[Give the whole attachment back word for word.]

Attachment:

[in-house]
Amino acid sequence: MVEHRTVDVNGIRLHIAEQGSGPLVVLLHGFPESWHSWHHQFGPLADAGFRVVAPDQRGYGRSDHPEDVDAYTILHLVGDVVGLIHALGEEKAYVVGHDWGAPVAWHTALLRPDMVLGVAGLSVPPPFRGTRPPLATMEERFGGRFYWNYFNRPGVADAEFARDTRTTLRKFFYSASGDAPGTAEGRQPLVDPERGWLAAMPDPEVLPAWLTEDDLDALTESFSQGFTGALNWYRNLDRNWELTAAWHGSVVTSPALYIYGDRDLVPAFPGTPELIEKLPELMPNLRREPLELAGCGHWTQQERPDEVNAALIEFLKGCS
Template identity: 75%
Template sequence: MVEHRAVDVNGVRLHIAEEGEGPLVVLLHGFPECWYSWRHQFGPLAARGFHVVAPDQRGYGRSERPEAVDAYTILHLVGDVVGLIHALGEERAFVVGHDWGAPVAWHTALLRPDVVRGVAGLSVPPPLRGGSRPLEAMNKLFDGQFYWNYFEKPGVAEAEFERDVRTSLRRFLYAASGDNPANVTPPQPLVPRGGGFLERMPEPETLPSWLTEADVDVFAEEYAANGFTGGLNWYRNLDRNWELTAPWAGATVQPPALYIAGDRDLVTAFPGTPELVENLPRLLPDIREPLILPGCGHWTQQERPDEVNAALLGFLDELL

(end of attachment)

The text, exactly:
[in-house]
Amino acid sequence: MVEHRTVDVNGIRLHIAEQGSGPLVVLLHGFPESWHSWHHQFGPLADAGFRVVAPDQRGYGRSDHPEDVDAYTILHLVGDVVGLIHALGEEKAYVVGHDWGAPVAWHTALLRPDMVLGVAGLSVPPPFRGTRPPLATMEERFGGRFYWNYFNRPGVADAEFARDTRTTLRKFFYSASGDAPGTAEGRQPLVDPERGWLAAMPDPEVLPAWLTEDDLDALTESFSQGFTGALNWYRNLDRNWELTAAWHGSVVTSPALYIYGDRDLVPAFPGTPELIEKLPELMPNLRREPLELAGCGHWTQQERPDEVNAALIEFLKGCS
Template identity: 75%
Template sequence: MVEHRAVDVNGVRLHIAEEGEGPLVVLLHGFPECWYSWRHQFGPLAARGFHVVAPDQRGYGRSERPEAVDAYTILHLVGDVVGLIHALGEERAFVVGHDWGAPVAWHTALLRPDVVRGVAGLSVPPPLRGGSRPLEAMNKLFDGQFYWNYFEKPGVAEAEFERDVRTSLRRFLYAASGDNPANVTPPQPLVPRGGGFLERMPEPETLPSWLTEADVDVFAEEYAANGFTGGLNWYRNLDRNWELTAPWAGATVQPPALYIAGDRDLVTAFPGTPELVENLPRLLPDIREPLILPGCGHWTQQERPDEVNAALLGFLDELL